A diversion from routine today: word play has ensued offline and here I have a series of pictures from my second walk to the storm felled tree.  Picking up a camera (or a sketchbook) is another way to interpret to yourself what in your surroundings is beautiful, inspiring, worthy of appreciation. Some locations are easier than others :-)

Drift Day

The dream follows me all day, without objection. A twinge, barely detectable, of some regret, of a lack; of wanting, that is the worst of it. In the woods, stumbling; all this crunching underfoot; it looks as though the trees have had themselves a wild ruckus. Where the wind does not reach the quarry pool surface, a meditative mirror lies. The river runs riotous. A moss ball nods in the moving air; seems like a sage old head on a young spike, like it knows what I aspire to. A room of my own, a writing shack: something that would not seem out of place in this den of iniquitous fought out trees; I would gather the debris for my fire; or half buried in a sand dune; on the roof, paint an X. An attic corner, shared with spiders. A travelling desk in the back of a camper. An office room with safety conscious furniture, all rounded edges and stern colour. In the dust of a long abandoned ballroom, under the chandelier… underground, with luminescent rock. A geothermically heated foot rest. Imagin…


Above the lane a blue clearing leads towards the woodlands. When I was a girl growing up on a beach sand paths led through rock pools as the tide drew in clear amongst the weaving bladder wracks: this is how the sky appears. Tarmac is storm pitted like bad teeth. Off road mulched: storm chippings. Boots crunch: like sand. Boots sink: wet sand. Hear the river waves, how they curl over rock beds. Under the spread of the woods; freshwater damp, dappled, pale bright buds, ground cover leaf, dark earth trail, sallow slash of snapped branch… this pushed over tree: the roots rise, drag fine soil out of the slate ground, flattened in profile, a wall of undertree: like the underwater: another world. This earth path winds around up out of the woods, returns to the clearing in the clouded sky. Sun paints: red gold on a smiling face.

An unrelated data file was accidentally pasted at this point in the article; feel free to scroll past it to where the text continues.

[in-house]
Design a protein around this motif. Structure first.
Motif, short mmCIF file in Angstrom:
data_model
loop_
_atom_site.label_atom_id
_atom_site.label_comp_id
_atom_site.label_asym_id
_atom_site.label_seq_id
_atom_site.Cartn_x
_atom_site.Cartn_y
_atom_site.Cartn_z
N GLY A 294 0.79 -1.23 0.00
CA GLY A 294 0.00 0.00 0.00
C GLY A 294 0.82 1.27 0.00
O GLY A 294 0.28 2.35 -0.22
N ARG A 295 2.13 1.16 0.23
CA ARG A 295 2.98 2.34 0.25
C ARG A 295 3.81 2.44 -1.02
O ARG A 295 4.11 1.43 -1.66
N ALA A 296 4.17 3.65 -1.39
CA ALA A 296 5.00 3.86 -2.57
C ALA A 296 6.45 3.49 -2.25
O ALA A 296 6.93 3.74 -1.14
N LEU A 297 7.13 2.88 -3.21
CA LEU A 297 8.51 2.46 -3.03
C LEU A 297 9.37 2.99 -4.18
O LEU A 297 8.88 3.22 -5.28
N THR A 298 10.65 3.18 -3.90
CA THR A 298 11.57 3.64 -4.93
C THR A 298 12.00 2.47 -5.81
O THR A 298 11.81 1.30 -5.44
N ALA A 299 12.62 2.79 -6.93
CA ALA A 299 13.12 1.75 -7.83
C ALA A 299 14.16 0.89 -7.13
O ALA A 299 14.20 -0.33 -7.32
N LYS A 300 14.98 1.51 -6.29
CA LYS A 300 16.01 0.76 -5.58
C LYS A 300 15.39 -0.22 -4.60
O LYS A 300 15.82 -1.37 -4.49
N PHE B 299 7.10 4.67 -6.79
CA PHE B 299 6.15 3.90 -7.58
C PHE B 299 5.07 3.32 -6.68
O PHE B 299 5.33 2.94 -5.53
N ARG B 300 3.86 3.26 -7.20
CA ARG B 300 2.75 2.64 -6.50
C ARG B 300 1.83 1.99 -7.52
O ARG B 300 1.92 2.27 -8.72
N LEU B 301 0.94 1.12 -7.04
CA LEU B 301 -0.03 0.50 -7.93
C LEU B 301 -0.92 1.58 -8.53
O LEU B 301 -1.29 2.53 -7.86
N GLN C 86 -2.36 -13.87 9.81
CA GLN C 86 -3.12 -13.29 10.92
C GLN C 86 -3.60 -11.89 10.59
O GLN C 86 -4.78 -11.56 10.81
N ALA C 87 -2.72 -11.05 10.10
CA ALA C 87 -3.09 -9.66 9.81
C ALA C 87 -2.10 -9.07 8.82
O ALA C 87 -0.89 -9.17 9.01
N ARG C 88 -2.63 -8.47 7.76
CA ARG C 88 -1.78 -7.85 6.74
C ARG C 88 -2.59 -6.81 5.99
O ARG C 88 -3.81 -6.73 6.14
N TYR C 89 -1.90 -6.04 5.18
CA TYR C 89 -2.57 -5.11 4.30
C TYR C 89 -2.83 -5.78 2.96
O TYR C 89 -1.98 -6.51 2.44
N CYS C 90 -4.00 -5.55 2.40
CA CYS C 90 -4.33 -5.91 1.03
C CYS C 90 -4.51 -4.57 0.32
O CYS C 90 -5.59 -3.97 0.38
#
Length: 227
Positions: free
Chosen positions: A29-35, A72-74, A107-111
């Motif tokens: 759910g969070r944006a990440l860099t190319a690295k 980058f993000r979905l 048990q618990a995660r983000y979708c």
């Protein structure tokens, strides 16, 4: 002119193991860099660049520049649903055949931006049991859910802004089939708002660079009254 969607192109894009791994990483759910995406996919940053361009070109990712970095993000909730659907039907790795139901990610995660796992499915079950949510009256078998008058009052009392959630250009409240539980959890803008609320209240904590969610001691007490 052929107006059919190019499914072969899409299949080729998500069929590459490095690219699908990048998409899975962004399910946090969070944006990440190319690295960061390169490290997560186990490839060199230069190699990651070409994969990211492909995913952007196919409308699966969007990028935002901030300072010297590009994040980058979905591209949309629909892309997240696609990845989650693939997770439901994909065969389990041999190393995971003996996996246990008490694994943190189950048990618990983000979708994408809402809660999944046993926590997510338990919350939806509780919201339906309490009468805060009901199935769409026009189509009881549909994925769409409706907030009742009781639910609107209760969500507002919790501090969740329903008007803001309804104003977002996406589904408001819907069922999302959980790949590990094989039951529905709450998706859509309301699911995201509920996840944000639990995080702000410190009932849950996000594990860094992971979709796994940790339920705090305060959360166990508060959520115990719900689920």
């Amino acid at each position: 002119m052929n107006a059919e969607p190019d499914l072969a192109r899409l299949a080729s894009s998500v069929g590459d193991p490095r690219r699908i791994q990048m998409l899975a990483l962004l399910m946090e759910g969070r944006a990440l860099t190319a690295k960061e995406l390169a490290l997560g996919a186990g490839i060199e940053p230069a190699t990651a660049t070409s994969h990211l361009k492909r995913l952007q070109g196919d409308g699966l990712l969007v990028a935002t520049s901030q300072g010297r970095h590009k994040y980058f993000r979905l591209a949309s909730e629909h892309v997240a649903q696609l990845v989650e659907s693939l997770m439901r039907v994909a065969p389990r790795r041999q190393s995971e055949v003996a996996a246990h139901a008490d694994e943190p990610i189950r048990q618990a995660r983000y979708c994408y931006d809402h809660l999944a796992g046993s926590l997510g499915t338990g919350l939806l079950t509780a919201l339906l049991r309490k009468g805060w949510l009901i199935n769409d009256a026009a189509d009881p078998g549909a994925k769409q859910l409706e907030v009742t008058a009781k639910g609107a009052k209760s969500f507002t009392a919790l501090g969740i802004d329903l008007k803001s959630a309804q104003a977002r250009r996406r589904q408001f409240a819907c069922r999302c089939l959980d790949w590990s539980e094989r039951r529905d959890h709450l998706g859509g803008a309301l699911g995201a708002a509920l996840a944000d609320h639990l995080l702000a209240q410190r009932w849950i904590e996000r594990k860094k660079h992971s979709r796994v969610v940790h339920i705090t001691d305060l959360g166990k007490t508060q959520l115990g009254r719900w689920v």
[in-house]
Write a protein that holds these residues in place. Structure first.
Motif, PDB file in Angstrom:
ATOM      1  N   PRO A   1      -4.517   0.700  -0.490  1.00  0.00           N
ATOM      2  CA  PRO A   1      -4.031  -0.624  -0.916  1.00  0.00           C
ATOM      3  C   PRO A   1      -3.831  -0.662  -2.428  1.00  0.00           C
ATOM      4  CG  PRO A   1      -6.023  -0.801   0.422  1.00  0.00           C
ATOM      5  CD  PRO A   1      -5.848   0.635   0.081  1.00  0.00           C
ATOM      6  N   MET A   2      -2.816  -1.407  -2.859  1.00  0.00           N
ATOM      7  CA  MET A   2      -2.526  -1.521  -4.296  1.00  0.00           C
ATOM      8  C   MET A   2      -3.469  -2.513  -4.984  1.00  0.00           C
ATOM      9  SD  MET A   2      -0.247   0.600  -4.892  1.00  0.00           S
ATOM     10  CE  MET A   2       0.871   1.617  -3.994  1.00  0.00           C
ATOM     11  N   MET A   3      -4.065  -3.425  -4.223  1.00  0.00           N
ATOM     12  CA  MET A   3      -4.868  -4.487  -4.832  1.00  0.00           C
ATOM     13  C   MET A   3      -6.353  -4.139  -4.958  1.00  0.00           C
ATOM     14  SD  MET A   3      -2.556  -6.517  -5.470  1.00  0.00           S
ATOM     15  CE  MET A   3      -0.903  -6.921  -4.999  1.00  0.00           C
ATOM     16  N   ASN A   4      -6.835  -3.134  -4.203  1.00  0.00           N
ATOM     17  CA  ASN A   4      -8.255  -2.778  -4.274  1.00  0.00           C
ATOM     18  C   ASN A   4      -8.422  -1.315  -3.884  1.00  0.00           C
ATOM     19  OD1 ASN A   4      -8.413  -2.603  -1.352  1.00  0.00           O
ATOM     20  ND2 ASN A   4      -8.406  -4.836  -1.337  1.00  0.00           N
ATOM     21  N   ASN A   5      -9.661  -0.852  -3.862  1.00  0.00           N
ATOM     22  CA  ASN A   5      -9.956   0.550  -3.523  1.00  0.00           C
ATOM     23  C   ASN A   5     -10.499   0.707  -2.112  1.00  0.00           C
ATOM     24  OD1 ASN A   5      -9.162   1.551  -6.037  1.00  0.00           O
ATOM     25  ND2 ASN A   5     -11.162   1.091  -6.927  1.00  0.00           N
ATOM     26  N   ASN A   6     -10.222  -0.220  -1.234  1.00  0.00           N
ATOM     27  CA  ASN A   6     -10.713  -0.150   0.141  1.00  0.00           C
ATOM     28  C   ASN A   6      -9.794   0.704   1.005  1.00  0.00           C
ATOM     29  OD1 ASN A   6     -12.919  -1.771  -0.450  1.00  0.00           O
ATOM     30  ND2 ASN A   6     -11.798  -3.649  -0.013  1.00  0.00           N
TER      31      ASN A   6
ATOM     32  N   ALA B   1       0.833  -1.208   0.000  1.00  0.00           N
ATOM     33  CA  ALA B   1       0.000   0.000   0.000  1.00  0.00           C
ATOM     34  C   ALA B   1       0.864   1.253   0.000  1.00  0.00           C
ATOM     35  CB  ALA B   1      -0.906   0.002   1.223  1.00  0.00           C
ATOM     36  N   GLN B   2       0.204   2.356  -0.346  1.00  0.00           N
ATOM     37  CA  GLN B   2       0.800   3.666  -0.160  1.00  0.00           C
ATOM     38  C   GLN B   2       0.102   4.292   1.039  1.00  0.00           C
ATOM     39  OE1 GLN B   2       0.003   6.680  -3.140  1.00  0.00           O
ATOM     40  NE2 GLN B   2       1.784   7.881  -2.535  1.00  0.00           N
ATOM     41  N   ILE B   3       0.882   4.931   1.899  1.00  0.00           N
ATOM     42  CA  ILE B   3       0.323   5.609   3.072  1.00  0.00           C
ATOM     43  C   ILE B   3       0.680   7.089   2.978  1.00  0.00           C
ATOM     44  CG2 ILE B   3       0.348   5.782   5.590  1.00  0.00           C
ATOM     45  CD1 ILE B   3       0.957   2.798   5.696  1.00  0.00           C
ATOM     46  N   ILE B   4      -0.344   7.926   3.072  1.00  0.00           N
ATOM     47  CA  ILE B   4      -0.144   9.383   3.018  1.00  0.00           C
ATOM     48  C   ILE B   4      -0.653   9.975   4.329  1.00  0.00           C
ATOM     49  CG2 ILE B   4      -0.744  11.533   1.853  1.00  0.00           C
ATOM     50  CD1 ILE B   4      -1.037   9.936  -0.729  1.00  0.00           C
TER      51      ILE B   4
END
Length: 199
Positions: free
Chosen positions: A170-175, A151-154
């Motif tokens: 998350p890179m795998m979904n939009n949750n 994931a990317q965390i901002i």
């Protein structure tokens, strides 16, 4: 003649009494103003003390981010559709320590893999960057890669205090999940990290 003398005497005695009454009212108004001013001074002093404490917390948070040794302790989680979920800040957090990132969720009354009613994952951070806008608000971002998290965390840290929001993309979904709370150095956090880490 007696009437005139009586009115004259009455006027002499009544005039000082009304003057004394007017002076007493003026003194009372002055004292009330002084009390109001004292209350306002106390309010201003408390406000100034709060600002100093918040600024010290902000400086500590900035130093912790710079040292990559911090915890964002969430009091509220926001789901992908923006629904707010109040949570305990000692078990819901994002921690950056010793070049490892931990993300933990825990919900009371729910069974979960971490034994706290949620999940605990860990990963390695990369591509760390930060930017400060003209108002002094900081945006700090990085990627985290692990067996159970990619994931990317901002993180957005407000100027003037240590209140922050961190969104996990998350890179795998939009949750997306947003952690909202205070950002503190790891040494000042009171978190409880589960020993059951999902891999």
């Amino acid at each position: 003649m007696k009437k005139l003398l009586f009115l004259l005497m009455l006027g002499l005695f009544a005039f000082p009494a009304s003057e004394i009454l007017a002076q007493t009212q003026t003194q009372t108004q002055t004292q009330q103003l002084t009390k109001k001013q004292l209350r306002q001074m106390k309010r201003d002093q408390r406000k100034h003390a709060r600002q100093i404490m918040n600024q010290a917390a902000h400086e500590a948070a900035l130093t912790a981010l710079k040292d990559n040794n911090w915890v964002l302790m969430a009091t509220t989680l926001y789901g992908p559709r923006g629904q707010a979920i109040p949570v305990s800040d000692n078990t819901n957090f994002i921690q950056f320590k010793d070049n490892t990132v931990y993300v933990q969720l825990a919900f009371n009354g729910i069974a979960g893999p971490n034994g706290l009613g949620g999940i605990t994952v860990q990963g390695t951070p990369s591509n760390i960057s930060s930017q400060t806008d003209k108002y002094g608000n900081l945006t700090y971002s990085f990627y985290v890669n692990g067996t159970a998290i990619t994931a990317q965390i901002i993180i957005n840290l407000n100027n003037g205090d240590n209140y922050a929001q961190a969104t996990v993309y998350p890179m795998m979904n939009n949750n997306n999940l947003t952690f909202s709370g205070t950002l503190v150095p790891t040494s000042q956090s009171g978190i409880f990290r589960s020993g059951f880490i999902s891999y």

An Administrative Error Of Weather

Today we were given our old weather back, which must have been an error: a muddle up of cloud paperwork perhaps or a practical joke, or the storm had got home and remembered it had left its keys or a glove and had to come back to retrieve: it had a half hearted feel to it like it was bored of all this flood destruction too. Someone says, convincingly, that tomorrow the sun is strongly rumoured to be thinking of paying us a visit but, despite this swell of optimism, meticulous inspection reveals the weekly forecast symbols as a series of repeats: one podgy cloud, wringing wet. Days like these are good for dreaming. Coconut rice steams in the oven. Lime pickle sharp against the salt-sweet rice; balmy spices in our Leftovers Curry. A conservatory is dreamt of: humid and abundant. It smells of citrus and coffee with undertones of damp slate. Viewed through glass roof frames the sky is continuously perfect. Back in reality, in the field, the welly boots stick in mud, squelchy, still funny.

Goodnight Bunny

Morning comes, cloudless blue, a trim of river mist: at the garden edge water vapour stripes up like ghostly fence posts. Four rain filled teapots on the pallet table have stood untouched through all the storms, a fact we remark upon almost daily and still seems unfeasible. The phone rings, interrupts this musing on fragility. Girl's voice blubs, indecipherable: says something like- it's silly I know- the words blur. Sorry honey, her mother says, I can't hear you. Girl says, 'Bunny: Bunny is gone.' Ian Button Bunny was his full name. Eight years his dwarf life spanned. He lived both indoors and out, often pursued by toddlers. He took everything in a cute yet charismatic stride. He liked the snow, and cuddles; disliked white cabbage. He would give you a look. This last year he had got arthritic. Should she tell her little daughter, my grown up Girl wonders? She feels silly for crying though she knows it's right. She knows the answer to her question too. Isabella Ha…